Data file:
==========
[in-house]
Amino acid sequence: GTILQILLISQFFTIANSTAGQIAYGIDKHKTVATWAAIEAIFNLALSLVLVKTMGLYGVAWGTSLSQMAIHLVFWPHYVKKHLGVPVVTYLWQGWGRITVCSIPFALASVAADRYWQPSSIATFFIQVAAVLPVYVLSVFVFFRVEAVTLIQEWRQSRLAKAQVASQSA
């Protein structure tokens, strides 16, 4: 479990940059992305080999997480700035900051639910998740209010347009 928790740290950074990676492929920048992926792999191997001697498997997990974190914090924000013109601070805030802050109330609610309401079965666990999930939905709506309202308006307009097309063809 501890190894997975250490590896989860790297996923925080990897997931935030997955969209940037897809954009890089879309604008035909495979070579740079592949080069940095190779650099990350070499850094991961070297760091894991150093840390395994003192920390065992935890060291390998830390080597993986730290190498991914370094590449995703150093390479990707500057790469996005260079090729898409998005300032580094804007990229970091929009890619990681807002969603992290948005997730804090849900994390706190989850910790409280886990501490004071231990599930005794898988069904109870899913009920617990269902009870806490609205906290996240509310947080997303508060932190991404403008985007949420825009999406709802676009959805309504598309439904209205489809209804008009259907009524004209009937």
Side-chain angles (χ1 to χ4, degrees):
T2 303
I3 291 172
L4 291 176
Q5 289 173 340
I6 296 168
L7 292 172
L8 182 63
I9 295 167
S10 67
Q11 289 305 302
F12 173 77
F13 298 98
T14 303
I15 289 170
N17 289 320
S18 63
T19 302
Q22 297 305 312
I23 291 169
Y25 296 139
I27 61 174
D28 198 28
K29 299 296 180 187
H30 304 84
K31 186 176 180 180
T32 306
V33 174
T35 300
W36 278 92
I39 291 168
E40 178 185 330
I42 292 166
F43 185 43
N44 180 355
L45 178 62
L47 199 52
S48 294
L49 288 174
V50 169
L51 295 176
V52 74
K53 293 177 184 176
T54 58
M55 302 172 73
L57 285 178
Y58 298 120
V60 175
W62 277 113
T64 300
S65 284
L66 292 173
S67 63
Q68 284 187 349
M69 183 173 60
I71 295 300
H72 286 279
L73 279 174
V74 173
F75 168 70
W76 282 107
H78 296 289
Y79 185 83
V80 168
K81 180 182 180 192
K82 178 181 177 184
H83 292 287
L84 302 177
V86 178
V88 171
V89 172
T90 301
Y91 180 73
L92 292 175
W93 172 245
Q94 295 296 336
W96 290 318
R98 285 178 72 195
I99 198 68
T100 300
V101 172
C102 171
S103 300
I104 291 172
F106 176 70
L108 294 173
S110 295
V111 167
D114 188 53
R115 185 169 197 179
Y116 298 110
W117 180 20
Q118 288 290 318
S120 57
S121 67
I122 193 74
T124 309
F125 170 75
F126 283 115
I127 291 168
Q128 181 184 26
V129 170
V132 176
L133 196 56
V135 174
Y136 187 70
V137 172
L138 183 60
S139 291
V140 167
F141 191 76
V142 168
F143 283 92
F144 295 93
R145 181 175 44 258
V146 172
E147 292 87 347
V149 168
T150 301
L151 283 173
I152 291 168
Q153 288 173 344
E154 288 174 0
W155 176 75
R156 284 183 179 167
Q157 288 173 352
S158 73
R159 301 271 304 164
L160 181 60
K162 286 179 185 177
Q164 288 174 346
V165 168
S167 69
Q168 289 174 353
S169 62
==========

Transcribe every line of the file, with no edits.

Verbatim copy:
[in-house]
Amino acid sequence: GTILQILLISQFFTIANSTAGQIAYGIDKHKTVATWAAIEAIFNLALSLVLVKTMGLYGVAWGTSLSQMAIHLVFWPHYVKKHLGVPVVTYLWQGWGRITVCSIPFALASVAADRYWQPSSIATFFIQVAAVLPVYVLSVFVFFRVEAVTLIQEWRQSRLAKAQVASQSA
């Protein structure tokens, strides 16, 4: 479990940059992305080999997480700035900051639910998740209010347009 928790740290950074990676492929920048992926792999191997001697498997997990974190914090924000013109601070805030802050109330609610309401079965666990999930939905709506309202308006307009097309063809 501890190894997975250490590896989860790297996923925080990897997931935030997955969209940037897809954009890089879309604008035909495979070579740079592949080069940095190779650099990350070499850094991961070297760091894991150093840390395994003192920390065992935890060291390998830390080597993986730290190498991914370094590449995703150093390479990707500057790469996005260079090729898409998005300032580094804007990229970091929009890619990681807002969603992290948005997730804090849900994390706190989850910790409280886990501490004071231990599930005794898988069904109870899913009920617990269902009870806490609205906290996240509310947080997303508060932190991404403008985007949420825009999406709802676009959805309504598309439904209205489809209804008009259907009524004209009937």
Side-chain angles (χ1 to χ4, degrees):
T2 303
I3 291 172
L4 291 176
Q5 289 173 340
I6 296 168
L7 292 172
L8 182 63
I9 295 167
S10 67
Q11 289 305 302
F12 173 77
F13 298 98
T14 303
I15 289 170
N17 289 320
S18 63
T19 302
Q22 297 305 312
I23 291 169
Y25 296 139
I27 61 174
D28 198 28
K29 299 296 180 187
H30 304 84
K31 186 176 180 180
T32 306
V33 174
T35 300
W36 278 92
I39 291 168
E40 178 185 330
I42 292 166
F43 185 43
N44 180 355
L45 178 62
L47 199 52
S48 294
L49 288 174
V50 169
L51 295 176
V52 74
K53 293 177 184 176
T54 58
M55 302 172 73
L57 285 178
Y58 298 120
V60 175
W62 277 113
T64 300
S65 284
L66 292 173
S67 63
Q68 284 187 349
M69 183 173 60
I71 295 300
H72 286 279
L73 279 174
V74 173
F75 168 70
W76 282 107
H78 296 289
Y79 185 83
V80 168
K81 180 182 180 192
K82 178 181 177 184
H83 292 287
L84 302 177
V86 178
V88 171
V89 172
T90 301
Y91 180 73
L92 292 175
W93 172 245
Q94 295 296 336
W96 290 318
R98 285 178 72 195
I99 198 68
T100 300
V101 172
C102 171
S103 300
I104 291 172
F106 176 70
L108 294 173
S110 295
V111 167
D114 188 53
R115 185 169 197 179
Y116 298 110
W117 180 20
Q118 288 290 318
S120 57
S121 67
I122 193 74
T124 309
F125 170 75
F126 283 115
I127 291 168
Q128 181 184 26
V129 170
V132 176
L133 196 56
V135 174
Y136 187 70
V137 172
L138 183 60
S139 291
V140 167
F141 191 76
V142 168
F143 283 92
F144 295 93
R145 181 175 44 258
V146 172
E147 292 87 347
V149 168
T150 301
L151 283 173
I152 291 168
Q153 288 173 344
E154 288 174 0
W155 176 75
R156 284 183 179 167
Q157 288 173 352
S158 73
R159 301 271 304 164
L160 181 60
K162 286 179 185 177
Q164 288 174 346
V165 168
S167 69
Q168 289 174 353
S169 62